Port Nicholson, also known by the Maorified name of Poneke, is a large natural harbour at the southwestern end of New Zealand's North Island.
Port Nicholson is an arm of the Cook Strait, covering some 70 km2, with a narrow two-kilometre wide entrance at its southern end between Pencarrow Head and the Miramar Peninsula.
The harbour is of seismic origin, and a major earthquake fault lies along its western shore. At the northern end of the harbour lies the narrow triangular plain of the Hutt River, which largely follows the line of the earthquake fault to the northeast. The city of Lower Hutt is located on this plain.
At the southwest of the harbour are two large bays, Evans Bay and Lambton Harbour, the latter of which is the port of the city of Wellington, New Zealand's capital city. The city's suburbs spread around the hills overlooking the west and southwest of the harbour, and across the small coastal flats to the Miramar Peninsula.
To the east of the harbour lie several small bays, most of which are populated by small coastal communities. the largest of these townships is Eastbourne, directly to the east of the northern tip of the Miramar Peninsula.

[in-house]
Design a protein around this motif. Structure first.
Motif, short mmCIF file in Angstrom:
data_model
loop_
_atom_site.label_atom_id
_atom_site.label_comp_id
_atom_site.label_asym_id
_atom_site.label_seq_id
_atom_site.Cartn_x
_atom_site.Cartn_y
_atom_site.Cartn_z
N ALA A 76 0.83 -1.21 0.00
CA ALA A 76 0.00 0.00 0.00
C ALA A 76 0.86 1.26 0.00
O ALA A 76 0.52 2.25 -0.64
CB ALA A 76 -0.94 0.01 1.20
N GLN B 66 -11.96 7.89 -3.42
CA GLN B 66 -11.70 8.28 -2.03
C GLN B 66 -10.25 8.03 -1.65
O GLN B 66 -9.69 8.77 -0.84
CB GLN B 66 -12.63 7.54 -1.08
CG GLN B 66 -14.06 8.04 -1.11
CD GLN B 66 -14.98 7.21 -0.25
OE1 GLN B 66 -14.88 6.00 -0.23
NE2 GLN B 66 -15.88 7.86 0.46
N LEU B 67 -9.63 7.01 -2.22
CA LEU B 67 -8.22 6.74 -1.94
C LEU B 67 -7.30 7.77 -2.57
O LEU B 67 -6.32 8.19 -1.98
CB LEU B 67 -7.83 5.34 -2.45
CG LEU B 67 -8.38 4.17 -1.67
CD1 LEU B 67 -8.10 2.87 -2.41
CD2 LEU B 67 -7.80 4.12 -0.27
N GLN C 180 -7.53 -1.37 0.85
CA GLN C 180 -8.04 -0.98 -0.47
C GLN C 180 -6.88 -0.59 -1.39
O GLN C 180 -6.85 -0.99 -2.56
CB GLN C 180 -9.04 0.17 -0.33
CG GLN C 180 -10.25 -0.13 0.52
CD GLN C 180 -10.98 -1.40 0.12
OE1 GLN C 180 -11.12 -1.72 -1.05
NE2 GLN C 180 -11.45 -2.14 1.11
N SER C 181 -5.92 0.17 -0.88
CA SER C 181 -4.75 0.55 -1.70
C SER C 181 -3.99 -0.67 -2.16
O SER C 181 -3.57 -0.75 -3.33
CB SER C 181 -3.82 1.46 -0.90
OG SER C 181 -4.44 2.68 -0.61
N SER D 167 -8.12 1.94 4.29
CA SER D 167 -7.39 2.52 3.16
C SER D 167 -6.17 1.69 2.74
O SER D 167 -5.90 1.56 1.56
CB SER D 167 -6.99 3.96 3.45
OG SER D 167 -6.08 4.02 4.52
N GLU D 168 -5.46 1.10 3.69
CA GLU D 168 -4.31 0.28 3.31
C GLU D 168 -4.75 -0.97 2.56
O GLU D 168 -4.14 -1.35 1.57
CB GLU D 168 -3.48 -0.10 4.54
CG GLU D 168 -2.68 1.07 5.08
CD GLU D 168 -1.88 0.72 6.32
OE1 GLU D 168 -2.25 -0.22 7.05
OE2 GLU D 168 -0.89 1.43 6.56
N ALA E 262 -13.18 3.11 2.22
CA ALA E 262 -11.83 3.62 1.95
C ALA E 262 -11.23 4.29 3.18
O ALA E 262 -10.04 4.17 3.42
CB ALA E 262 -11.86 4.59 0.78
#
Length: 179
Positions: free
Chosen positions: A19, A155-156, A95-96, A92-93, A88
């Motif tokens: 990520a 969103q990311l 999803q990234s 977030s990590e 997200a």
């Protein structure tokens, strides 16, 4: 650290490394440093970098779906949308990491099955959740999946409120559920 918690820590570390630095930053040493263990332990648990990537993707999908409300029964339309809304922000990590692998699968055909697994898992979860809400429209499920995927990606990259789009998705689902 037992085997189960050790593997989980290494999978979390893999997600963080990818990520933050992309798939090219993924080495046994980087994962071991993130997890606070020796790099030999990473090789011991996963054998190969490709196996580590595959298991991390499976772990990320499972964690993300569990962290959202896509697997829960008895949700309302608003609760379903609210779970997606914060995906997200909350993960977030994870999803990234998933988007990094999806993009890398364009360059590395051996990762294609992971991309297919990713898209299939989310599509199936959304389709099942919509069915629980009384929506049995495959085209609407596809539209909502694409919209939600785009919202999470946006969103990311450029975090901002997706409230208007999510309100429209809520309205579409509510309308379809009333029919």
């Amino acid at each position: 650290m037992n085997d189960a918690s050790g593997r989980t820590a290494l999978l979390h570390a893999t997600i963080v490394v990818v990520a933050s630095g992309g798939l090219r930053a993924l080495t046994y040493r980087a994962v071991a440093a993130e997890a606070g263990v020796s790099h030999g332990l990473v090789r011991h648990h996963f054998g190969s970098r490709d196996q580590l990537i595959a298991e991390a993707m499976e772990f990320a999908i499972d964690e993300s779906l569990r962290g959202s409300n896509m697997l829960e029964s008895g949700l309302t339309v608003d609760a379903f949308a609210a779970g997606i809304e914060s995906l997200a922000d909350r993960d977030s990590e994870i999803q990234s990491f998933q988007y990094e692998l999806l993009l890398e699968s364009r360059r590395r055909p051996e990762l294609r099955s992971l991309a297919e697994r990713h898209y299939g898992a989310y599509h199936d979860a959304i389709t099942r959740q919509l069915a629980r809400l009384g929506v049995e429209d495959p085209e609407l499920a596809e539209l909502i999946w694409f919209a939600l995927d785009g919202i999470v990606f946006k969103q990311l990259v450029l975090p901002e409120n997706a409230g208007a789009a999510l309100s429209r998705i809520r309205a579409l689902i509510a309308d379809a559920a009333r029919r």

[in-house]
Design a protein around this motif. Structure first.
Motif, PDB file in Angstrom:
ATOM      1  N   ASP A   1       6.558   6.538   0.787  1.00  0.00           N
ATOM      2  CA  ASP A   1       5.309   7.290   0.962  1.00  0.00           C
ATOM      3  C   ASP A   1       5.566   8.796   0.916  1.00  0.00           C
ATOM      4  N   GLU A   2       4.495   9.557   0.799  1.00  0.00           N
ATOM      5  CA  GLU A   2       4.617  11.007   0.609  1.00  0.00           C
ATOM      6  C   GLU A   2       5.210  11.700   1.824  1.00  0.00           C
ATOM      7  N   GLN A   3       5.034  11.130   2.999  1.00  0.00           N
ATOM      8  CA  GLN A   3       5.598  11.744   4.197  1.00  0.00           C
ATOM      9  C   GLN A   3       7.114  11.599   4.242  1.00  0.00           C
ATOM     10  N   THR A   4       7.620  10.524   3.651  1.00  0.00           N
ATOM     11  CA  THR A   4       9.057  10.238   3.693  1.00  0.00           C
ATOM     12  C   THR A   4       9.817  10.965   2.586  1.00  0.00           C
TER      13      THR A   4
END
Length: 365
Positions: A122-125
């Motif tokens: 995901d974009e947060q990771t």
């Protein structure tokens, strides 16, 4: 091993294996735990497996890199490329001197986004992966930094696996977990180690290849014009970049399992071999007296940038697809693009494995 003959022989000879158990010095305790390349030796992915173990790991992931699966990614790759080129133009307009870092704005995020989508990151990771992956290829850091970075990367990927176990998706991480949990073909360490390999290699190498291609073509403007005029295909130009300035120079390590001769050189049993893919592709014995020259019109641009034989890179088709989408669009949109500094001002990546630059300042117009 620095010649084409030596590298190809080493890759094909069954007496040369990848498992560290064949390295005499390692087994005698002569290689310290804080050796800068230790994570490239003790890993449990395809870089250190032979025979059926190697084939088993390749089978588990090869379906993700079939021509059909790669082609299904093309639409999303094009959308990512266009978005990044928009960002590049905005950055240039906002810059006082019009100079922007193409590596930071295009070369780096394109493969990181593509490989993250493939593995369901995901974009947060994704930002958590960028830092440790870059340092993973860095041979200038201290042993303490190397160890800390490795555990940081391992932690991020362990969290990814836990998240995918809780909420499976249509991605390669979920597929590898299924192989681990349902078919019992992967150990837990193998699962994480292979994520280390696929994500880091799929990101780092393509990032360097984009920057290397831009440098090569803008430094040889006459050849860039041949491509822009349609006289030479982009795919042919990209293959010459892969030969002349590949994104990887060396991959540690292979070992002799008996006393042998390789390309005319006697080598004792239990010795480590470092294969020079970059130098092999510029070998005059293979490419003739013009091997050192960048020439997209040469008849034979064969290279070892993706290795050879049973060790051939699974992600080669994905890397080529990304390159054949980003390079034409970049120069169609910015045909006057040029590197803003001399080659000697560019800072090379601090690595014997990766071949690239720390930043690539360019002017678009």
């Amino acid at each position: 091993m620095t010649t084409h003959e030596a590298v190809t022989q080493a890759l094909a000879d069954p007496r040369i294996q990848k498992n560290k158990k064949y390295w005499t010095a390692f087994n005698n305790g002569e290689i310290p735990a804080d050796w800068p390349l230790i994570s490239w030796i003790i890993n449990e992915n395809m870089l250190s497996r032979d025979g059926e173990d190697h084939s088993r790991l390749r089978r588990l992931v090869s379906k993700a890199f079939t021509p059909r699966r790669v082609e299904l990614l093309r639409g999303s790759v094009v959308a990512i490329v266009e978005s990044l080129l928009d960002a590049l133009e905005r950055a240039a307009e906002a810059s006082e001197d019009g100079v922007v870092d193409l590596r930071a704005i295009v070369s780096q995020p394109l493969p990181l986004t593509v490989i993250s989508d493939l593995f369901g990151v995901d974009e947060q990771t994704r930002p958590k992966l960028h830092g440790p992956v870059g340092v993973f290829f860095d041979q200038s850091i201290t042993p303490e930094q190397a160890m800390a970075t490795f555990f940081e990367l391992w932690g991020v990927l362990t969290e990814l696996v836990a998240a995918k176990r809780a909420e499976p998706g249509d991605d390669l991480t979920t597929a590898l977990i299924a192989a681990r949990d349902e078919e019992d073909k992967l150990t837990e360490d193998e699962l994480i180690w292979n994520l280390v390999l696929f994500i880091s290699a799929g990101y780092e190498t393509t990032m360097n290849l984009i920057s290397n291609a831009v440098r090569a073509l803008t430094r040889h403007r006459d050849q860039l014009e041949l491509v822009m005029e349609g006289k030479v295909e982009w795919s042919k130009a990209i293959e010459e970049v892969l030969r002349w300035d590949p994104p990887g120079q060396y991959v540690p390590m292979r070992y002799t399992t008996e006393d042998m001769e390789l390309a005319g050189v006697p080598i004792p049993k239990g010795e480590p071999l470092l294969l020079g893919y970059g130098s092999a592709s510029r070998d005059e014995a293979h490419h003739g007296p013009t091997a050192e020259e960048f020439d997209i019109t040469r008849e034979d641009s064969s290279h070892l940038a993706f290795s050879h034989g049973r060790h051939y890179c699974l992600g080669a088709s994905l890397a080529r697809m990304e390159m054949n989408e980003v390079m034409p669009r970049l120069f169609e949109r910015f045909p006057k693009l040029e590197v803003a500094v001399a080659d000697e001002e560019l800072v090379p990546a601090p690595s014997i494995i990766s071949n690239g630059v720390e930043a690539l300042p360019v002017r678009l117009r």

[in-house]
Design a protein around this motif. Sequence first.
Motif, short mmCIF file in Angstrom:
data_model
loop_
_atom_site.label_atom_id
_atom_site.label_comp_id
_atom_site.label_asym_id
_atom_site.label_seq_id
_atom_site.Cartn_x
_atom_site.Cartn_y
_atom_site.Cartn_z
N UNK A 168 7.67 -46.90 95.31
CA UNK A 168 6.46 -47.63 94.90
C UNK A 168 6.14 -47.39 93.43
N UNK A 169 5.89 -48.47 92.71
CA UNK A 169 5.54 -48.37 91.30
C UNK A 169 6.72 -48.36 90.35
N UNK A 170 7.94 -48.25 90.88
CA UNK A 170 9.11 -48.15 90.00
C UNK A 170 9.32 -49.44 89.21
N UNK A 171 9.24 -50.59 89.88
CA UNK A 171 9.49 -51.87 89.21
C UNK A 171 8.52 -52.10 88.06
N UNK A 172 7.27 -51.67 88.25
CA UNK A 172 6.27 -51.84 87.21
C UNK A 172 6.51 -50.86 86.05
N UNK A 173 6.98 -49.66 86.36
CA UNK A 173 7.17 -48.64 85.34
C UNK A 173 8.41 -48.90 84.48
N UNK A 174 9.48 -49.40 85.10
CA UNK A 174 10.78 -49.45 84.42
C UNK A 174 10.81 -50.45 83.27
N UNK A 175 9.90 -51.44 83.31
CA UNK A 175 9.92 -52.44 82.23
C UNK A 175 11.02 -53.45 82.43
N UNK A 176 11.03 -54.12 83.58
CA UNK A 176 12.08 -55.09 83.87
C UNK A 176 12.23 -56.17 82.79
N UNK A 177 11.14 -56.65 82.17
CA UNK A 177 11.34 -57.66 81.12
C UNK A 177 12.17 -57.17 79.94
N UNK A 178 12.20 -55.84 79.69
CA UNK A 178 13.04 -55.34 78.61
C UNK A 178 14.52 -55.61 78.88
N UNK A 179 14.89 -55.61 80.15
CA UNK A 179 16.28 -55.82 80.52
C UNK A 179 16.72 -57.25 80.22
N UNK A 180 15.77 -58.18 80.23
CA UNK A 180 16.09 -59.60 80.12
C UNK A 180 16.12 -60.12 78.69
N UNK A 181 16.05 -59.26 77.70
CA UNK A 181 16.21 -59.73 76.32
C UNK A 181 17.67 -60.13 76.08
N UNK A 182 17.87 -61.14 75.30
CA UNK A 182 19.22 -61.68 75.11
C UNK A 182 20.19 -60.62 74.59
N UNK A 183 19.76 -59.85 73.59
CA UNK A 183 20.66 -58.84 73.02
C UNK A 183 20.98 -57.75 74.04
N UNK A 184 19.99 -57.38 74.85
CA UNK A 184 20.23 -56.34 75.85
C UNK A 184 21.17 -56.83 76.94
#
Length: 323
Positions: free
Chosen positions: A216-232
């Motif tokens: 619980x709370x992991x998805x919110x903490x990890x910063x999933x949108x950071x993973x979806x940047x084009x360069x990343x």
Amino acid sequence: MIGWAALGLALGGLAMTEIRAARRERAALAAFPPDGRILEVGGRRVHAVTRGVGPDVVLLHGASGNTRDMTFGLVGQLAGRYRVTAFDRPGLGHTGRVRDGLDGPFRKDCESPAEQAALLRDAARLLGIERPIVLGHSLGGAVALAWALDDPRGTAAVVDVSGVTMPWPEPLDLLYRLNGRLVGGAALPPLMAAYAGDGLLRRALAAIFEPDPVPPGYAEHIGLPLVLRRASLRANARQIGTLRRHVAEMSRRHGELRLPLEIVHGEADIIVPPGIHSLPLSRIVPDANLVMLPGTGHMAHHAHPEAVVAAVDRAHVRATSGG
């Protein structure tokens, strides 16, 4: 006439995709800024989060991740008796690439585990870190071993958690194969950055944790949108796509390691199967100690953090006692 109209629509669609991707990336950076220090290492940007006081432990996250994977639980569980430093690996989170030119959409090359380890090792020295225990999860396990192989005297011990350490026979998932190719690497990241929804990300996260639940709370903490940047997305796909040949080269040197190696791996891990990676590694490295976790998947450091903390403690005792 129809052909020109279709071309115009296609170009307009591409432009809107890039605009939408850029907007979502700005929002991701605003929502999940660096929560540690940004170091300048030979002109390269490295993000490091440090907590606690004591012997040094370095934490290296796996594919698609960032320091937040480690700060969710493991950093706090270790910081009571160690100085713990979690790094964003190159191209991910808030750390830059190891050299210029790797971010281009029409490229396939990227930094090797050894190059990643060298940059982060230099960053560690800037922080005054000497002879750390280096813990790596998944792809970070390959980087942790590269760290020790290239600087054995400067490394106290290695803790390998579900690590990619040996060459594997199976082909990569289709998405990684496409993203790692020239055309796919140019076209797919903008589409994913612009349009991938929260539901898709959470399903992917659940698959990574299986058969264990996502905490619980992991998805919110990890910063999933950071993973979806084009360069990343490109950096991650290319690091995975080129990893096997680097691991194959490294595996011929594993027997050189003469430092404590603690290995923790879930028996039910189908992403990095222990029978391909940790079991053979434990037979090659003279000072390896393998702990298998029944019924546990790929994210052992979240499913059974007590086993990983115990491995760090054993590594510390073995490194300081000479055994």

Three small islands are located in the harbour. To the south, close to Eastbourne, is Ward Island. Further north, close to the centre of the harbour, is the larger Matiu/Somes Island, to the north of which is the tiny Mokopuna Island.
The entrance to the harbour can be quite dangerous, especially since the Cook Strait to the south is notoriously rough. Close to the harbour's entrance lies Barrett's Reef, its rocks breaking the water's surface at low tide. It was here, in 1968 that the inter-island ferry Wahine grounded during a storm, with the loss of 51 lives.
The early Maori name for the inlet, is Te Whanganui-a-Tara (either "The big harbour of Tara" or "The big harbour between the peaks"). The term is now usually used to represent the city of Wellington itself.
During the early years of European colonisation, the Port became a focus for settlement. The original site chosen for what is now the city of Wellington was at Petone, close to the foreshore of Lower Hutt. A settlement was established there in early 1840, but the swampy land was unsuitable for development, and the settlement (originally called Britannia but soon changed to Wellington) was moved to the present site of Wellington city later the same year.